Exercises
 1. Suppose that statistically, only 0.5 per cent of individuals are criminals. Suppose that this is the court's prior belief. Thus p(G) = 0.005. Suppose that evidence correctly identifies a guilty defendant 99 per cent of the time. That is, p(E  G) = 0.99. Suppose also that if there is no evidence, this correctly identifies an innocent defendant 99 per cent of the time. Therefore, p(NE  I) = 0.99 This means that p(E  I) = 0.01.
 (a) Use Bayes' rule to find P(G  E), the probability that the defendant is guilty, given that evidence has been presented.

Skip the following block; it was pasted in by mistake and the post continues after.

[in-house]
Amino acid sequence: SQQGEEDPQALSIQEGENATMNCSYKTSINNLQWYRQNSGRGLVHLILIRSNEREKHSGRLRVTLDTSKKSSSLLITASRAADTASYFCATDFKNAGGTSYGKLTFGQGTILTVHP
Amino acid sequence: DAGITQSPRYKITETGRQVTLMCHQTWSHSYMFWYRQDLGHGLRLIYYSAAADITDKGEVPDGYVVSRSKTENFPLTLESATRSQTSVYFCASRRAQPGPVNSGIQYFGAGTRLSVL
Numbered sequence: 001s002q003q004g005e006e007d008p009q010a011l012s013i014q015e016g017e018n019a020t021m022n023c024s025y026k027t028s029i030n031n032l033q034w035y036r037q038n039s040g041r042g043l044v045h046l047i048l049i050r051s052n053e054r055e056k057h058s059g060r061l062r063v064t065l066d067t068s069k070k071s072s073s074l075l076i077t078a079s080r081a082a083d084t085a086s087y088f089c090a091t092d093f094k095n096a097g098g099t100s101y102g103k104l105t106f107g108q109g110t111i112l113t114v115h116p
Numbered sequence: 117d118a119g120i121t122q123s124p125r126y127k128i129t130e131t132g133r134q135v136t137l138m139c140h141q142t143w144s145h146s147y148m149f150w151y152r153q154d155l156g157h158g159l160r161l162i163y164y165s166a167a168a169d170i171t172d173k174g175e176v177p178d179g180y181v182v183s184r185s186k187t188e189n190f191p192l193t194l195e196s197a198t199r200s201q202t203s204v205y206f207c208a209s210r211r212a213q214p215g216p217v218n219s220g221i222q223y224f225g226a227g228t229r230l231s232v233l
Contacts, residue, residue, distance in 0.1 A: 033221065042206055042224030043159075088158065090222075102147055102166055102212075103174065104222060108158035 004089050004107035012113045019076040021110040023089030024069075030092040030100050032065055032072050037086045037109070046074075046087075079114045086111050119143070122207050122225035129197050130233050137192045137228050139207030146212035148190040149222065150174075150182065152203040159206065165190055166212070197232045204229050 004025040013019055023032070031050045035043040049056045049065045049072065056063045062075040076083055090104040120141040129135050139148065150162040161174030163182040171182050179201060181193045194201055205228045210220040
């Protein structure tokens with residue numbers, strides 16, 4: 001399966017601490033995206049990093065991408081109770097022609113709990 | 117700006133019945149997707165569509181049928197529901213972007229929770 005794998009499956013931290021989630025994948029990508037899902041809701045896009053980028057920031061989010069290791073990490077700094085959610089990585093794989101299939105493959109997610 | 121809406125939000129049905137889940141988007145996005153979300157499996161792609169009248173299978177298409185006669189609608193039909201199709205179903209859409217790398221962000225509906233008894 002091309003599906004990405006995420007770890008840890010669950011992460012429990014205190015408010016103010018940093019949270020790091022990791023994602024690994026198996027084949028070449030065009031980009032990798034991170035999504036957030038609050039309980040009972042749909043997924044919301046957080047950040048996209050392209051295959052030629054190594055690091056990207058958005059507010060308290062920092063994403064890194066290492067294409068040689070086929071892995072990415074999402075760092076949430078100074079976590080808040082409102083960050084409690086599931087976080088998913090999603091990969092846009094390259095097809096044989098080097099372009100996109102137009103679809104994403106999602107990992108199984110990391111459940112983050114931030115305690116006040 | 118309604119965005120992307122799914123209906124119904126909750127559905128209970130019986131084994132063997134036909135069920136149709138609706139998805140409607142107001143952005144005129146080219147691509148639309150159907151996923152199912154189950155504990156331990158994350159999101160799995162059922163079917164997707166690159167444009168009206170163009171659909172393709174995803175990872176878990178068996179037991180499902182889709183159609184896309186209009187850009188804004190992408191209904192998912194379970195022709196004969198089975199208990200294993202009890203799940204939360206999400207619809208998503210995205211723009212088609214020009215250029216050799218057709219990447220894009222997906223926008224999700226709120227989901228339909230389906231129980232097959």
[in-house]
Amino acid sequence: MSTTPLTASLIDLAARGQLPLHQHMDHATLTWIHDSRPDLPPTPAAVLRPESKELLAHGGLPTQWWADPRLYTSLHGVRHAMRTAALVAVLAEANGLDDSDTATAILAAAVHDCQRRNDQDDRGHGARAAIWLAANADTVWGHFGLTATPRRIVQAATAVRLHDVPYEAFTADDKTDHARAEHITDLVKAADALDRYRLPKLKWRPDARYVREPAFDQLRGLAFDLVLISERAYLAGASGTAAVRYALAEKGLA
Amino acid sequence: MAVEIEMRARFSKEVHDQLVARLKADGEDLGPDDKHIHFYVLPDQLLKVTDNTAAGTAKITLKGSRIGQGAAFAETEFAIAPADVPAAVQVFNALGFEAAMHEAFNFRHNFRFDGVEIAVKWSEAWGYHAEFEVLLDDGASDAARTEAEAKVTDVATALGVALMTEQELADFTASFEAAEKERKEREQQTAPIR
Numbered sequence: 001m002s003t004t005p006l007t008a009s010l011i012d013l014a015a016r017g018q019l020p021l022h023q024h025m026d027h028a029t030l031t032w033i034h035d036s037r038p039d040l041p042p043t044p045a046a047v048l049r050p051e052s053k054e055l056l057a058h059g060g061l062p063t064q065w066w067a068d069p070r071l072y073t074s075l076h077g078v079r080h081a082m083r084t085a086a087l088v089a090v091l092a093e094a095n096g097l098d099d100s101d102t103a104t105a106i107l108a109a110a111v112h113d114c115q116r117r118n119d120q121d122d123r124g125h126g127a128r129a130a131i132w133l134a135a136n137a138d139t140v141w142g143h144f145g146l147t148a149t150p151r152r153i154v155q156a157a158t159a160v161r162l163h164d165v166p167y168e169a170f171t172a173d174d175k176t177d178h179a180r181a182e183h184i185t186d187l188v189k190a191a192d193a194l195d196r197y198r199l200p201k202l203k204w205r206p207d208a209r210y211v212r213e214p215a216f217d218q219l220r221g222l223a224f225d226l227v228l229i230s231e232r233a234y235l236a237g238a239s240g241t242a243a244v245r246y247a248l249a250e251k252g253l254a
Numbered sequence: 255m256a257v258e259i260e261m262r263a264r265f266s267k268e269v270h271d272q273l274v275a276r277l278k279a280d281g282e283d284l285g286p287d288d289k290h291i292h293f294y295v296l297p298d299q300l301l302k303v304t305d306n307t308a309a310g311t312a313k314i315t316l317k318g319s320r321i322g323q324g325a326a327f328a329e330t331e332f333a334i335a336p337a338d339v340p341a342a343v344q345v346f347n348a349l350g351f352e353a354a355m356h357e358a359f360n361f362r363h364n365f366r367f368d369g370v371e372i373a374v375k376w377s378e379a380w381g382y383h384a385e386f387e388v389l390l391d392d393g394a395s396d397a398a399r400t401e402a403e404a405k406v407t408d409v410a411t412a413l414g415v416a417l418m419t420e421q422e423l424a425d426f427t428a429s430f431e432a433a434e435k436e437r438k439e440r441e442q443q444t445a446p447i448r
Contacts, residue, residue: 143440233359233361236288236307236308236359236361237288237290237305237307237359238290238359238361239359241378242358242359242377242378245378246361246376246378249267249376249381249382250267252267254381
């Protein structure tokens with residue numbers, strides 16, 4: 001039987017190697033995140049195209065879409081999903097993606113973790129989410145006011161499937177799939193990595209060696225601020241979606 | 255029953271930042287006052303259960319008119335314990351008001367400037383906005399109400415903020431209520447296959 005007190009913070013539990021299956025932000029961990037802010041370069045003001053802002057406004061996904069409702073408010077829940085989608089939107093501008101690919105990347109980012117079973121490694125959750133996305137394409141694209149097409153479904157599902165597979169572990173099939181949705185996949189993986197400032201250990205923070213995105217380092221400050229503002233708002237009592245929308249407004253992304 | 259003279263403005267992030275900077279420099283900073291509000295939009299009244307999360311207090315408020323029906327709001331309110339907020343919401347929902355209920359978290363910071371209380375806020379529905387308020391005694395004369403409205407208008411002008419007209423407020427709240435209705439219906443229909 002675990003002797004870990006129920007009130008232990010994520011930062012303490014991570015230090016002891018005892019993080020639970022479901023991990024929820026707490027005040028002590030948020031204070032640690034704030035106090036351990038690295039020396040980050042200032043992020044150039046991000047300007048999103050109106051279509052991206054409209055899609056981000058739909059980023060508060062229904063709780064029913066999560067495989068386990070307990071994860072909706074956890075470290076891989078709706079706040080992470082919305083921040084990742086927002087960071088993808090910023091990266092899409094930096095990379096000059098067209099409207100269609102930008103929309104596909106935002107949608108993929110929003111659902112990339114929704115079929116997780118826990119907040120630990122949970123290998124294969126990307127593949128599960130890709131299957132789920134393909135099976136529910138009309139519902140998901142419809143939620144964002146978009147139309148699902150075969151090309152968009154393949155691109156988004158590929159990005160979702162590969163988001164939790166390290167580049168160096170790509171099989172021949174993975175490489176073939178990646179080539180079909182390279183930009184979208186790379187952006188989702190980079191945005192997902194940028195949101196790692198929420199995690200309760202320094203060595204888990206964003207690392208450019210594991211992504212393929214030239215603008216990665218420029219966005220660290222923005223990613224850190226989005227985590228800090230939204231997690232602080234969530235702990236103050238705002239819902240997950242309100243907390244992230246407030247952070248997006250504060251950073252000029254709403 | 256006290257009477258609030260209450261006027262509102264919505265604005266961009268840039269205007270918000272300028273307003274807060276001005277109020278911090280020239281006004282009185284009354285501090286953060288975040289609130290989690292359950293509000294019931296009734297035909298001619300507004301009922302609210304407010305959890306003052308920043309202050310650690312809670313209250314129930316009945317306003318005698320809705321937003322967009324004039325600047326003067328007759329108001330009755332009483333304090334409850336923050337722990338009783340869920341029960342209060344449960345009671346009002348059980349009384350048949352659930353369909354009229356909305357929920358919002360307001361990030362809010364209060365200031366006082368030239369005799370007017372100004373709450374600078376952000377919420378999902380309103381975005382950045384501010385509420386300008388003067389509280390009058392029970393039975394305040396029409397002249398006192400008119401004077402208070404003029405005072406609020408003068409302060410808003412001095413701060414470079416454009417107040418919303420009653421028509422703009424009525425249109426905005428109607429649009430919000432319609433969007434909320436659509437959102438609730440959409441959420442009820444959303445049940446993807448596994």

(b) Given that the piece of evidence has been produced, what is the probability that the defendant is innocent?
 (c) Now suppose that evidence is not presented. What is the probability that the defendant is actually guilty, given that there is no evidence of this?
 (d) What is the probability that he is innocent? In other words, find P(G  NE) and P (G  NE). ^{2 [1]}